The girandole or candelabrum was a development or elaboration of the
candlestick. A century ago every well regulated New England parlor had
a set of them on the mantel. There were usually three in a set, the
middle one holding three candles, and those at the sides one each.
Occasionally the centerpiece had five branches.
At first these girandoles were very simple, being usually little
more than plain candlesticks supplied with five or six glass prisms.
These glass ones are not so old as some of brass, but are very rare and
During the first quarter of the nineteenth century girandoles were
made in more elaborate forms, and some of them possess no small artistic
merit. All are of peculiar interest to the collector. These were
sometimes made of brass, or bronze, or some cheaper alloy, and were gilded.
They generally bore figures at the base, representing Washington,
Tecumseh, a viking, an American pioneer, Paul and Virginia, etc., and
pastoral and idyllic subjects. They were almost invariably made in sets of
three, the middle piece holding three candles and the other two one each.
They were further ornamented with glass prisms or "lusters," and
sometimes stood on marble bases. These girandoles were made in this country
the majority of them as late as 1825 the glass prisms being imported
from France, where they could be made more cheaply than in this
I have never known any one to make a specialty of collecting these
nineteenth century candelabra, but such a collection would be most
interesting from a collector's point of view. There would be certain
definite limits within which to work, and the col lector might hope for a
reasonable degree of completeness and continuity in such a collection more
than in any other group of old lamps or candlesticks.
Just one word to any who may by chance possess a set of these
candelabra. Under no consideration split up the set. If you must part with
any of the pieces, let them all go together. Collectors place a far
greater value on full sets than on broken ones, and one piece out of three
is not worth as much as a single old plain candlestick.
Now as to Colonial lamps. When whale oil became common, there was a
demand for better lamps. Consequently their design and efficiency
improved greatly during the eighteenth century. The old round wick was not
good enough, and so a flat wick burner was invented about 1763. One form
of the Argand burner is said to have been invented by Thomas Jefferson.
The light that these lamps gave was thought very brilliant then, but
would look pretty yellow and ghastly beside our modern duplex and center
draft burners. Owners of Colonial lamps who wish to put them to actual
use find it desirable to have them fitted with modern burners. This can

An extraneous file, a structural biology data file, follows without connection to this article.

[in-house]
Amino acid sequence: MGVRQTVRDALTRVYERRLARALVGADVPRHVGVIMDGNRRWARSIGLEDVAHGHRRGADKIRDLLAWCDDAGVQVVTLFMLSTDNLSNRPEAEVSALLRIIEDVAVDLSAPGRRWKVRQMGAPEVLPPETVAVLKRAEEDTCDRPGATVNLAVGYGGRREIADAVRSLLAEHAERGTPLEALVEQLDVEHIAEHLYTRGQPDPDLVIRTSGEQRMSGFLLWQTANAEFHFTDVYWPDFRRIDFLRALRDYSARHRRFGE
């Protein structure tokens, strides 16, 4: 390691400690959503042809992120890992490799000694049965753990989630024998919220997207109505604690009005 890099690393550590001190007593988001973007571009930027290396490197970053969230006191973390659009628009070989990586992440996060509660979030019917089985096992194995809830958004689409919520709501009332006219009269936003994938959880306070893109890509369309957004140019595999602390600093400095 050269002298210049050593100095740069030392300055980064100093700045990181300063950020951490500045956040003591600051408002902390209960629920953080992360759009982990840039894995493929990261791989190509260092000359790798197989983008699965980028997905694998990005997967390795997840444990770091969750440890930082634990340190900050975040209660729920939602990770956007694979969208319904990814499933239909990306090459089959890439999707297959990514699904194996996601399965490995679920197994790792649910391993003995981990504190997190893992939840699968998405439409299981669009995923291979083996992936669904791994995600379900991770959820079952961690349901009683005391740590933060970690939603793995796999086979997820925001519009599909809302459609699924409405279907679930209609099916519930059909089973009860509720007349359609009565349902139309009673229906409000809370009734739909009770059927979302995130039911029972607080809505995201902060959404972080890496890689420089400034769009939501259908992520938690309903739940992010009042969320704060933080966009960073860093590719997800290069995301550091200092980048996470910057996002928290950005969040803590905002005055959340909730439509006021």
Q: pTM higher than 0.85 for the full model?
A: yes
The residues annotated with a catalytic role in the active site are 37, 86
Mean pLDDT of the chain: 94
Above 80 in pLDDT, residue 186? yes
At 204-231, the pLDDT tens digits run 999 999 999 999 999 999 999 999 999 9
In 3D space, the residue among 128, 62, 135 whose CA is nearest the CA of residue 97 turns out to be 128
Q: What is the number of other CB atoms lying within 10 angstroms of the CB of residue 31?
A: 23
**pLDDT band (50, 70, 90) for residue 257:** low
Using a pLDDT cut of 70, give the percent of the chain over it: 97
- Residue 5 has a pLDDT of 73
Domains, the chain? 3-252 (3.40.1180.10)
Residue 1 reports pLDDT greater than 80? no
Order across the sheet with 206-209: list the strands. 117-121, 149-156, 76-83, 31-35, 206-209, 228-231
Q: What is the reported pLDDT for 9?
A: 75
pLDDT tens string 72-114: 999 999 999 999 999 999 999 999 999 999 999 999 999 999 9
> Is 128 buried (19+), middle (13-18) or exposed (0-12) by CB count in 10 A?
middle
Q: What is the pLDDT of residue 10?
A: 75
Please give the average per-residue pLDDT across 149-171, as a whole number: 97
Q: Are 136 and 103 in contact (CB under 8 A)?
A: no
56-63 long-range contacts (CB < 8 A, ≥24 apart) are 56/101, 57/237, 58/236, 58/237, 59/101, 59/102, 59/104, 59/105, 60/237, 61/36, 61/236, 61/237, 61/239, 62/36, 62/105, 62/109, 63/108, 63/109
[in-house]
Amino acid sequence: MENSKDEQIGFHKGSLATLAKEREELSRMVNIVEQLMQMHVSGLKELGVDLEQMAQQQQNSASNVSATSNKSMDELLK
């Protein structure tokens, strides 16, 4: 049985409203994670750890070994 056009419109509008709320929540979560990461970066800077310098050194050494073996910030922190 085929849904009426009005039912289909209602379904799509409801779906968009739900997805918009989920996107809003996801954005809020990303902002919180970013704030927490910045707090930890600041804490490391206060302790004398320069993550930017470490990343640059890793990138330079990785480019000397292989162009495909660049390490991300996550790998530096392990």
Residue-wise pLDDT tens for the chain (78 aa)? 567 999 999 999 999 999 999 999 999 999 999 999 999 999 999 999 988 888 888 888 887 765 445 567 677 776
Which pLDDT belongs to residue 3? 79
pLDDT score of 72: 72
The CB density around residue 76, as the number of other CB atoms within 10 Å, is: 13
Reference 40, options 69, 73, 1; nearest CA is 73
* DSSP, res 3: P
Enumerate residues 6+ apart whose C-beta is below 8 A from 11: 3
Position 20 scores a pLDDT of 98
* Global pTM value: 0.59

easily be done without making any change that is easily noticeable.
Many of the Colonial lamps are very graceful in form, and the glass
globes are often quaintly beautiful. Most of them are of opaque glass with
trans parent or semi-transparent patterns. The bodies are made of
bronze, glass, china, and other materials, sometimes having marble
Mantel lamps often resembled contemporary candelabra in many
respects, being frequently supplied with glass prisms or crystal drops. Some
of them were placed out from the standards on arms both single and
double and were fed from a central reservoir, like the modern student's
lamp. Like girandoles, they are frequently found in sets of two or
Taller lamps, used generally on the dining-table, were imported
chiefly from England and France. Many of them were exceedingly graceful in
form. They were often of brass or bronze, coated with watergilt, and
had glass globes and sometimes prisms.
I have not attempted to enter the field of Old World lamps and
candlesticks, though these are collected to some extent in this country, and
I know of two or three devotees who certainly have many good arguments
in favor of this form of collecting. Ancient Greek and Roman lamps, and
those of an even earlier period, are sometimes found in private
collections as well as in museums.
Hebrew candlesticks and their Russian successors of the
ecclesiastical type form a field for the collector, of unusual value and interest.
French, Italian, and Spanish lamps of a later period are also worthy of
study from an artistic standpoint.
These classes of antiques, however, are so largely confined to
museums, and their collection proves so difficult and expensive, that I
would not recommend it to the average collector. The collecting of American
Colonial specimens is less discouraging and more satisfying to the
In purchasing old lamps and candlesticks, the chief concern should
be for beauty. In general, the simpler, less ornate specimens are
better, both for the collector and for the furnishing of the Colonial
There is little danger of purchasing a fake, except in the case of
simple brass candlesticks. The market is flooded with these, as with
many other spurious brass articles. The East Side of New York has become
very expert in their manufacture. Some are good imitations, and worthy
of a place on the mantel when genuine pieces are not to be had, but if
the purchaser wishes the real thing, he would better be on his guard. If
he has studied old candlesticks, he can probably detect signs of recent
workmanship on spurious pieces, but the novice cannot be quite sure. If
a brass candlestick is offered at a low price, as a bargain, let the
buyer beware. These reproductions are treated with acids, rolled in
barrels, dented and scratched, but nearly always the expert can find
evidences of recent casting; the novice must needs be very wary. It is safe to
say, however, that lamps and girandoles are seldom counterfeited.
The estimated values of old lamps and candlesticks vary widely.
There is no fixed standard.